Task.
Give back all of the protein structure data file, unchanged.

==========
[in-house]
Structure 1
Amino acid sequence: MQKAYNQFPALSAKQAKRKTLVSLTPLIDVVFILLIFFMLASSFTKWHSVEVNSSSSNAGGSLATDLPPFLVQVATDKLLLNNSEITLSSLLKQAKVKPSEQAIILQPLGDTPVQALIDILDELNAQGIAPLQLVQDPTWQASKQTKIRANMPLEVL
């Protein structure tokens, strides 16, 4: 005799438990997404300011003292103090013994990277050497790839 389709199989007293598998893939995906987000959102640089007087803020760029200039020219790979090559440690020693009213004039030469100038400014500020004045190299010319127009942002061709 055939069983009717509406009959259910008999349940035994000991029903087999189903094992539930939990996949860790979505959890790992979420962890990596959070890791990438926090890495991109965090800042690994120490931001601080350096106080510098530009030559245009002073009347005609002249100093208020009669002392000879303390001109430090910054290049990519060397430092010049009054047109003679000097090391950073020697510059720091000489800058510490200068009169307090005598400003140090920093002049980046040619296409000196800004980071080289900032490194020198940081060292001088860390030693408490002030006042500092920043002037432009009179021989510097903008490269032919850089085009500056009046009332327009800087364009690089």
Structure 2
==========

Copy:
[in-house]
Structure 1
Amino acid sequence: MQKAYNQFPALSAKQAKRKTLVSLTPLIDVVFILLIFFMLASSFTKWHSVEVNSSSSNAGGSLATDLPPFLVQVATDKLLLNNSEITLSSLLKQAKVKPSEQAIILQPLGDTPVQALIDILDELNAQGIAPLQLVQDPTWQASKQTKIRANMPLEVL
């Protein structure tokens, strides 16, 4: 005799438990997404300011003292103090013994990277050497790839 389709199989007293598998893939995906987000959102640089007087803020760029200039020219790979090559440690020693009213004039030469100038400014500020004045190299010319127009942002061709 055939069983009717509406009959259910008999349940035994000991029903087999189903094992539930939990996949860790979505959890790992979420962890990596959070890791990438926090890495991109965090800042690994120490931001601080350096106080510098530009030559245009002073009347005609002249100093208020009669002392000879303390001109430090910054290049990519060397430092010049009054047109003679000097090391950073020697510059720091000489800058510490200068009169307090005598400003140090920093002049980046040619296409000196800004980071080289900032490194020198940081060292001088860390030693408490002030006042500092920043002037432009009179021989510097903008490269032919850089085009500056009046009332327009800087364009690089």
Structure 2